Chess lessons from a soccer model

12/5/2004 – Why did a man who looks disconcertingly like Arnold Schwarzenegger visit a beautiful soccer model last weekend? For a chess lesson he had won in a competition? During a trip to a tiny island off the German coast? Which the British had tried to blow up with 6800 tons of explosives? Even if you don't believe this convoluted tale, at least enjoy the pictures...

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The ChessBase field trip

Helgoland is a small German island, just over a mile long, with a population of 1,650. It is approximately two hours' sailing time from the mouth of the river Elbe. Originally Helgoland belonged to the Danes, but in 1807 during the Napoleonic wars it was seized by the British, who gave up the island to Germany in 1890 (in return for Zanzibar). Helgoland became a major naval base, and in April 1945 over a thousand allied bombers attacked the islands, leaving nothing standing. On 18 April 1947, the Royal Navy detonated 6800 tons of explosives in a concerted attempt to obliterate the main island. Only the military installations were destroyed. In 1952 the islands were restored to the German authorities, where it became a holiday resort that enjoys a tax exempt status.

We at ChessBase like to do things in style, so instead of taking the three hour slow boat we took a ship that just might have been the inspiration for NASA's X-43A scramjet

Forget propellers, this thing runs on high-speed water jets and gets you to Helgoland in a fraction of the time traditional ships take.

Birds roosting on the cliffs of Helgoland, which is one of Germany's foremost bird sanctuaries

You can only stare at the water jets in awe for that long. The ChessBase team spent the return trip playing games and solving quizzes.

One of the quizzes was to guess who would win the European soccer championship, and one of the ChessBase staff who guessed most of the places right was Jeroen van den Belt, who in normal life looks after the 3D graphics of Fritz, the online database, the Chess Media System and other odds and ends. By guessing the correct winners of the European Championship Jeroen won a special prize. Which brings us to today's subject of discourse.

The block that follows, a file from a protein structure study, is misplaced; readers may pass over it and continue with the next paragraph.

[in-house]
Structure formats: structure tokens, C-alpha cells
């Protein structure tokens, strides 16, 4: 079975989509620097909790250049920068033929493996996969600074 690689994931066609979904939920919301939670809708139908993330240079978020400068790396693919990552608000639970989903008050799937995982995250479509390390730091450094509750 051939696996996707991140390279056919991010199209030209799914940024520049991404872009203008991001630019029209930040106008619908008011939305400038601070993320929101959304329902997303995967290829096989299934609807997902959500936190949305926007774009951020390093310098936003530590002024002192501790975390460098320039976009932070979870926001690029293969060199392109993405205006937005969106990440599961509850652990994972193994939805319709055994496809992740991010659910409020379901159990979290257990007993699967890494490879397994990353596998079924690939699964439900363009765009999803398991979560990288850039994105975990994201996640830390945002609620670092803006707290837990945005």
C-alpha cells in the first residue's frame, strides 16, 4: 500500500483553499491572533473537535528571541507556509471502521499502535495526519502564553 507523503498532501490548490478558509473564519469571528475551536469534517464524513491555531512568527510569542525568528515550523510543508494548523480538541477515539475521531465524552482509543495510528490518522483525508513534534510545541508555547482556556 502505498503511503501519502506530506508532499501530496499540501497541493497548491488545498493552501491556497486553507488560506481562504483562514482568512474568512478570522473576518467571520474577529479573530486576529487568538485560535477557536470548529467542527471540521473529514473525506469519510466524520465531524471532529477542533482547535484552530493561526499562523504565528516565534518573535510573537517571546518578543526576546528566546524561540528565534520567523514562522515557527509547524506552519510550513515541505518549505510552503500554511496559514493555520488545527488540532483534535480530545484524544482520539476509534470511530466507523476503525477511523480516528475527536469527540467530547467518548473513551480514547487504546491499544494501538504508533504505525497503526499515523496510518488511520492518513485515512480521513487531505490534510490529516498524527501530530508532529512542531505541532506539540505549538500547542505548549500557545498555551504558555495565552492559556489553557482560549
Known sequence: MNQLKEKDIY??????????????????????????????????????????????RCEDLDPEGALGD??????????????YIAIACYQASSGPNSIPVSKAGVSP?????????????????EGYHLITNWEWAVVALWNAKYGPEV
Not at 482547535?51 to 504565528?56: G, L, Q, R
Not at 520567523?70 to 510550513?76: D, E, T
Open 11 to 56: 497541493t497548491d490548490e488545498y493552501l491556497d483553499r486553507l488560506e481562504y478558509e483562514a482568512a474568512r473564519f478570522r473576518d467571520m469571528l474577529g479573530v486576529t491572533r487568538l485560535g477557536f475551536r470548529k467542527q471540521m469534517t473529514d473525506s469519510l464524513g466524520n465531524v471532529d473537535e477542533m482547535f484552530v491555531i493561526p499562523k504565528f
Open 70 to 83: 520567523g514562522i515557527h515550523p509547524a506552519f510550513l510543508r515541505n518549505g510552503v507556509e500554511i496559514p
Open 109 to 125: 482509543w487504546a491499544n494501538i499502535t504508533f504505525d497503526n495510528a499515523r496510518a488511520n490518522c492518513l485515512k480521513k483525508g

The luckiest man in the world

The prize Jeroen won was a one-hour lesson from WGM Almira Skripchenko, onetime European champion. In chess, we hasten to stress, even thought some of the pictures below would suggest that it may have very appropriately been connected with soccer instead.

And this is the lady Jeroen got his chess lesson from, during last weekend's German Team Championships. Almira plays for Werder Bremen, where the chess department is part of the club that has one of the strongest national soccer teams. Almira has become the spokesperson of the club, the soccer model whose picture is on posters all over the city.

This is Jeroen getting instructions from one of the world's leading women players, while fellow programmer Mathias Feist looks on in envy


You follow what I'm saying, Jeroen?


This, dear friend, is what you have to do in the position


Almira in full training mode


In the hall outside the German Bundesliga is under way


Some final points are made, some last instructions for the road


In the end Jeroen gives his teacher a typical present from Holland: wooden shoes


Yes, that's what elegant chess teachers are wearing these days


Afterwards a visit to the Christmas Market in Bremen's historical city


And there Almira finds some friends from her childhood fairy tales, the Bremen Town-Musicians

The soccer model

And what about the posters for the soccer club? The ones that you see all over Bremen? Due to our very special relations with the Bremen sports club (actually to Almira) we were able to obtain not just the original shot of the poster but plenty of outtakes.

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